Ask your favorite stores why they sell products with cheeky quotes that say drinking is the answer to everything.

Take action: It’s understandable to be angry about companies or the media marketing dangerous messaging around alcohol. It happens every single day. Multiple times a day. But try not to come at it from a place of anger. When you approach businesses or people to start a dialogue, Erin suggests going in with curiosity and be considerate.

Not Sober? Be An Ally

When I came across Tell Better Stories 2018, I wasn’t sober. I’d dabbled in dangerous drinking in my late teens and early 20s and I always just thought that was normal — a phase I had to go through or a rite of passage. There is some more in-depth stuff there, but at the time I thought of myself as someone who didn’t have a drinking problem. Something about Erin’s project pulled me in and what I did consider myself as an ally to people in recovery.

“Even if you’re not in recovery, you’re not sober, or you do drink, [it’s about] learning how to become an ally for your friends who are. Considering what we know statistically [it’s important to be] very intentional in online spaces and real-life spaces. It’s about modeling examples of safe spaces for people who may not drink.”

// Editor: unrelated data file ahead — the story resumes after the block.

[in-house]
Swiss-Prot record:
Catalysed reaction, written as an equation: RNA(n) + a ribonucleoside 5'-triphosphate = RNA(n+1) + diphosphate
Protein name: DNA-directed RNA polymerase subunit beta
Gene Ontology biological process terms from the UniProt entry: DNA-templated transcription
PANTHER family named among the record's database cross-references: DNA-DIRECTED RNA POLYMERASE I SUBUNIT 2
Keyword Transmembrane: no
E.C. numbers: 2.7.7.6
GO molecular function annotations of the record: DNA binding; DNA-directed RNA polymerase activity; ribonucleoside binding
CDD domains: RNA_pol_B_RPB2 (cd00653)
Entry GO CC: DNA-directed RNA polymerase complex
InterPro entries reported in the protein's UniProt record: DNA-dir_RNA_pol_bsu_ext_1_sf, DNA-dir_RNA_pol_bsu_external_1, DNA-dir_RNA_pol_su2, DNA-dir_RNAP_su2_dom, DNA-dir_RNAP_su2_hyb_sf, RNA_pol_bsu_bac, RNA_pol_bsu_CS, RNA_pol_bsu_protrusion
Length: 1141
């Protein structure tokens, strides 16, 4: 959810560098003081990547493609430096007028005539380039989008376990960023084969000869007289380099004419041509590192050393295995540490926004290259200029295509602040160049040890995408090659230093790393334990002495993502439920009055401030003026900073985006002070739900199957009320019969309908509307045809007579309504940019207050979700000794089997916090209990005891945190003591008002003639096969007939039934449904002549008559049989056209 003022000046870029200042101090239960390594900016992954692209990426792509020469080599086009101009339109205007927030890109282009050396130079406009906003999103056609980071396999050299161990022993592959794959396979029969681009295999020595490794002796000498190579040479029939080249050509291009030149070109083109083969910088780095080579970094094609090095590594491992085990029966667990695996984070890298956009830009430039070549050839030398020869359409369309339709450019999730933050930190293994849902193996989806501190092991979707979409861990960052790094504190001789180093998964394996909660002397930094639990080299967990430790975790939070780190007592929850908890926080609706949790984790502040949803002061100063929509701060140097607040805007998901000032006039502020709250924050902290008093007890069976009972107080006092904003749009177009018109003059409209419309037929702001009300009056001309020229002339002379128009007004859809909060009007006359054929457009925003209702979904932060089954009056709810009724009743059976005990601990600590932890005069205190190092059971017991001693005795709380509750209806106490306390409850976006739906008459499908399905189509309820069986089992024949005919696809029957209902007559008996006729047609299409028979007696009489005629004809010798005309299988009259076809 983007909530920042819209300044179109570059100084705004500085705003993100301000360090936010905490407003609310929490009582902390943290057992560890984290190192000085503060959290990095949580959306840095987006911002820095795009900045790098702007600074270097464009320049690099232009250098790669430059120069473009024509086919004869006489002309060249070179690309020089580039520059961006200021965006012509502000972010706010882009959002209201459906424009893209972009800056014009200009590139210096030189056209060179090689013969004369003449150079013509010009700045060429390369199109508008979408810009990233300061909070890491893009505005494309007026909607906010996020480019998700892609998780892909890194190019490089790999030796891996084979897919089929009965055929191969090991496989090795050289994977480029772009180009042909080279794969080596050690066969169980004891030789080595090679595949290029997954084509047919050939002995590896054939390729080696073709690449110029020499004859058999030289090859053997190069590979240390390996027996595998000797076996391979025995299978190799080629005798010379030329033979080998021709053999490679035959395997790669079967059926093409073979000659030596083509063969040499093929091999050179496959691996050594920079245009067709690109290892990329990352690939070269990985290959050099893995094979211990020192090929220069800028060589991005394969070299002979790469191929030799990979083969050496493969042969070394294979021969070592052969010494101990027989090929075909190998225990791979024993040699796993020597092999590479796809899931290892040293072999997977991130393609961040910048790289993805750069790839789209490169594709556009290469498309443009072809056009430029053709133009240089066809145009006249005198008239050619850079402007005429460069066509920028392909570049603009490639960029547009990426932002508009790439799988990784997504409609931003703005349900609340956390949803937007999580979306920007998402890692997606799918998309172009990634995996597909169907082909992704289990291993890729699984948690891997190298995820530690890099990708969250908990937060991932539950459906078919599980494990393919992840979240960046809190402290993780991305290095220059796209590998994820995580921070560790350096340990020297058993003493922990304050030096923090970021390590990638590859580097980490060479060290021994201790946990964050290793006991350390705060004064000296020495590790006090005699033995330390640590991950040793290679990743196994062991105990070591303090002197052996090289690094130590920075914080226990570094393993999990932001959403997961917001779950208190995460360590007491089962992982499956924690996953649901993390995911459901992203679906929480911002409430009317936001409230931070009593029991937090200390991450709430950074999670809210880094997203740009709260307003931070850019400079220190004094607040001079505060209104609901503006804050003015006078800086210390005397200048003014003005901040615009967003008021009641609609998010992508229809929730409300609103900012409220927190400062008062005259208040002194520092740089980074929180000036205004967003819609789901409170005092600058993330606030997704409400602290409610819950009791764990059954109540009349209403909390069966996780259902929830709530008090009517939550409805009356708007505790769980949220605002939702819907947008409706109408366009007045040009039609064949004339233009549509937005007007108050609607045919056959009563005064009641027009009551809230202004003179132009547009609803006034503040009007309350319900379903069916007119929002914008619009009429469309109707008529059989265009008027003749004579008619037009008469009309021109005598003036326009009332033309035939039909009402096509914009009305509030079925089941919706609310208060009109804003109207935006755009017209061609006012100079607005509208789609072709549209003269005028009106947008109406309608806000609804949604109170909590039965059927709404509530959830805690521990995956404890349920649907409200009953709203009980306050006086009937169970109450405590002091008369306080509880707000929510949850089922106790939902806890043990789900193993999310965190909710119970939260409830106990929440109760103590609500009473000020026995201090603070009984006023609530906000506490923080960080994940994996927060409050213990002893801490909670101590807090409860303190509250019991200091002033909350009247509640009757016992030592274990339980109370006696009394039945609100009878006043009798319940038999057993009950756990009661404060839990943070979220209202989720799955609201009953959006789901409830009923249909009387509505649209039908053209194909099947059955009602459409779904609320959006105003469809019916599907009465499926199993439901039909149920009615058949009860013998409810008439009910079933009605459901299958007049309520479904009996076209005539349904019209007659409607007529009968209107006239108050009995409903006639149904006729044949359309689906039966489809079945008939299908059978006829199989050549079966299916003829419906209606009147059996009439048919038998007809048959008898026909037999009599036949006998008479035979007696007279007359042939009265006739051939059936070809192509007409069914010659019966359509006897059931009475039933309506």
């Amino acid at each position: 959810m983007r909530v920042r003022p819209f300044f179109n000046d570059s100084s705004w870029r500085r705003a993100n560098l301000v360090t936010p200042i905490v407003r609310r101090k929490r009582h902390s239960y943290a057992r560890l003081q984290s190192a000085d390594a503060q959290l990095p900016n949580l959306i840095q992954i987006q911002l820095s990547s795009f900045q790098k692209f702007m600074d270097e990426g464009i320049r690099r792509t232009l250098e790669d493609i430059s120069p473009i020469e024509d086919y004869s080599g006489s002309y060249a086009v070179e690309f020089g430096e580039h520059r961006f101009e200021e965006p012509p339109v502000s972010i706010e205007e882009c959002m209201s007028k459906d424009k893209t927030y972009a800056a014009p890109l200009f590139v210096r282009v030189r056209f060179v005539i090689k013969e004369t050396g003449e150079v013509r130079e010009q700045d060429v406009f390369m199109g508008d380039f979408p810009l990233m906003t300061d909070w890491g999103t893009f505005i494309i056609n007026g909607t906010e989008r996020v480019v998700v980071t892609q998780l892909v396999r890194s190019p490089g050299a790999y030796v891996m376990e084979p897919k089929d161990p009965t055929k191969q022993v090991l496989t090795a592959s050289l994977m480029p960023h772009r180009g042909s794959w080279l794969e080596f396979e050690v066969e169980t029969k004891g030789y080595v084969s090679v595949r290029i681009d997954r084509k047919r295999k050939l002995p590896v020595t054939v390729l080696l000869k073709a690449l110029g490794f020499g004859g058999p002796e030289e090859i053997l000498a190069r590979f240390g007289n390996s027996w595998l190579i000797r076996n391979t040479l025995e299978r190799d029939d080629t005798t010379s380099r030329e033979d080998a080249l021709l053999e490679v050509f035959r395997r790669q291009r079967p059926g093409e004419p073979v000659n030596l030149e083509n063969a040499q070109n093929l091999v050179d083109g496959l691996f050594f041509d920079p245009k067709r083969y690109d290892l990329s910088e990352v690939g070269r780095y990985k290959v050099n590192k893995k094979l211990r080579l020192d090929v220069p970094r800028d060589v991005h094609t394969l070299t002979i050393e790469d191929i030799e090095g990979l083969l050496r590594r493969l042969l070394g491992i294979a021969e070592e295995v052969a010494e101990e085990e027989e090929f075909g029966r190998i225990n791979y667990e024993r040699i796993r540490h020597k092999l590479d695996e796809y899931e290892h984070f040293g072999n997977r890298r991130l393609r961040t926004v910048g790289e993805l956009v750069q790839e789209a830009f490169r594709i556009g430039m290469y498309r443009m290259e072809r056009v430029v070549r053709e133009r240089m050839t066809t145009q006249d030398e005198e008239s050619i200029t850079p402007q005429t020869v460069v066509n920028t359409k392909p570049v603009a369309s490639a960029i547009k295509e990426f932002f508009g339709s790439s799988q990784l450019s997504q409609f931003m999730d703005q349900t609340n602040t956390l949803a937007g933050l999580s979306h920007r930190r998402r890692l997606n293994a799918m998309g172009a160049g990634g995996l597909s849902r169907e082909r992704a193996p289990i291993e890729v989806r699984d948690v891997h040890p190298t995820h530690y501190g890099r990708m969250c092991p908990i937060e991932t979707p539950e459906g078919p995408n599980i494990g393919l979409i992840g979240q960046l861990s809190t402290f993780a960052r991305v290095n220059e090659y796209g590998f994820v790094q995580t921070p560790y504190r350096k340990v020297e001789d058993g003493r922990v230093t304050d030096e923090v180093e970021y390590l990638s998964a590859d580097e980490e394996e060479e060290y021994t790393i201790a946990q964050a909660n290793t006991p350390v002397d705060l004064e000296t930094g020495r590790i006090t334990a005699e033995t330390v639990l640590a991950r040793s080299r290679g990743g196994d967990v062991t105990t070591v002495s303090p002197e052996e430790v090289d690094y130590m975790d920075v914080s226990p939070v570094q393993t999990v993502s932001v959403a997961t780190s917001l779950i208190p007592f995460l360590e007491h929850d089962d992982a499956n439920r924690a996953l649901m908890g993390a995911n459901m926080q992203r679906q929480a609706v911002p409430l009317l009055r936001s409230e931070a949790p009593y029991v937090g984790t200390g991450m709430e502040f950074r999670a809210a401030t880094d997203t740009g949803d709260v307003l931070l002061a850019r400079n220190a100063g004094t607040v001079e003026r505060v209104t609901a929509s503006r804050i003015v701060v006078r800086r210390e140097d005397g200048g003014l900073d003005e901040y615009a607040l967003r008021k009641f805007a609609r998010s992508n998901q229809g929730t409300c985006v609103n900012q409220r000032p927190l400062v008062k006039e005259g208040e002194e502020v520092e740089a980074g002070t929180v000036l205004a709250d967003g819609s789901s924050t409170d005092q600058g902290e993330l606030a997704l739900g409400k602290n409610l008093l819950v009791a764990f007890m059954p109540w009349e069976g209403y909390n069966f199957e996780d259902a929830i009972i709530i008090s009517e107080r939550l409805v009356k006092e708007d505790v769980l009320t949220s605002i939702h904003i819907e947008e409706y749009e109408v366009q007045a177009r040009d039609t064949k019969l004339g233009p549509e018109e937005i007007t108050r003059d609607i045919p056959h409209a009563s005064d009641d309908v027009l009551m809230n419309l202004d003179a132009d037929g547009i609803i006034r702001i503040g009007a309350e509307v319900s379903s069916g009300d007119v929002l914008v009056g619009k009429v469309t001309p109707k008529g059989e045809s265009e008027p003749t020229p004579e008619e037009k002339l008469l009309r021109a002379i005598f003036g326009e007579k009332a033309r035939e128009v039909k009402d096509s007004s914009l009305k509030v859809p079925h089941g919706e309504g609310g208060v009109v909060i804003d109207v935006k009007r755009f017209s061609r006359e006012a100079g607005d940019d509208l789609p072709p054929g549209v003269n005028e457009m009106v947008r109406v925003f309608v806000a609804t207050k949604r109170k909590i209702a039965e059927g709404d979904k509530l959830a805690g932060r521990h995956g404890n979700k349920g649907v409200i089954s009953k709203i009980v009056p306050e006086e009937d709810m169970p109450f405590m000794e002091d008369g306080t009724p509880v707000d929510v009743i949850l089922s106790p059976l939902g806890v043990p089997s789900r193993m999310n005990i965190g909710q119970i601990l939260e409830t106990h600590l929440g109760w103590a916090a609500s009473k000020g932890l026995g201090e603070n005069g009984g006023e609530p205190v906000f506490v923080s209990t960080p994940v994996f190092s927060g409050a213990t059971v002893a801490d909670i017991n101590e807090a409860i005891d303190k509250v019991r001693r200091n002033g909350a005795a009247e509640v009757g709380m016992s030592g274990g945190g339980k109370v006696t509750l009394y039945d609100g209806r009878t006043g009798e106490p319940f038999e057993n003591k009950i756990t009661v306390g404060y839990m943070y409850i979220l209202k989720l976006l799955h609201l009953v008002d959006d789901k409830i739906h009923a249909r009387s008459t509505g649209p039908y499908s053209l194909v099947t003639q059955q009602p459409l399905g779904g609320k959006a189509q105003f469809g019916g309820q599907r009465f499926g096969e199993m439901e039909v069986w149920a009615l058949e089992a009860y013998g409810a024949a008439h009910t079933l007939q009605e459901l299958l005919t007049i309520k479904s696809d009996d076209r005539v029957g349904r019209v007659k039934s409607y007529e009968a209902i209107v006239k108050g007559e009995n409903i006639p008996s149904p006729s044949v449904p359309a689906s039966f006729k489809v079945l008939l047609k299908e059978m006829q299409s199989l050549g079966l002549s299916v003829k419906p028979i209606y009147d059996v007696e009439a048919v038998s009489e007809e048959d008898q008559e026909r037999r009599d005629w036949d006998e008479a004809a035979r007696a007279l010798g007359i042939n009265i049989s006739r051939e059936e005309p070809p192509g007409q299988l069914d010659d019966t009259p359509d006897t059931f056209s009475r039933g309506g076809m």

Take action: Just because you drink alcohol doesn’t mean you can’t stand with those who don’t. There are tons of ways you can do this (and I’ll touch on that in a future post) but start with educating yourself about sobriety and substance use disorders.

Start Noticing and Making an Impact as a Result

There are ways to challenge the alcohol lifestyle narrative which are useful and can leave a positive impact. Start with thinking more critically about what you post online, why you share what you share, and who is going to see it. You never know who may be struggling and triggered by your messaging. Start conversations, and if you’re not sober be an ally to those in your life who are.

My only hope is that you will not be able to stop noticing these messages now and you’ll want to do your best to make the changes in your own life and the lives of the people around you.

If you want to hear the whole interview, check out Erin Shaw Street’s interview on the TDH Voice podcast.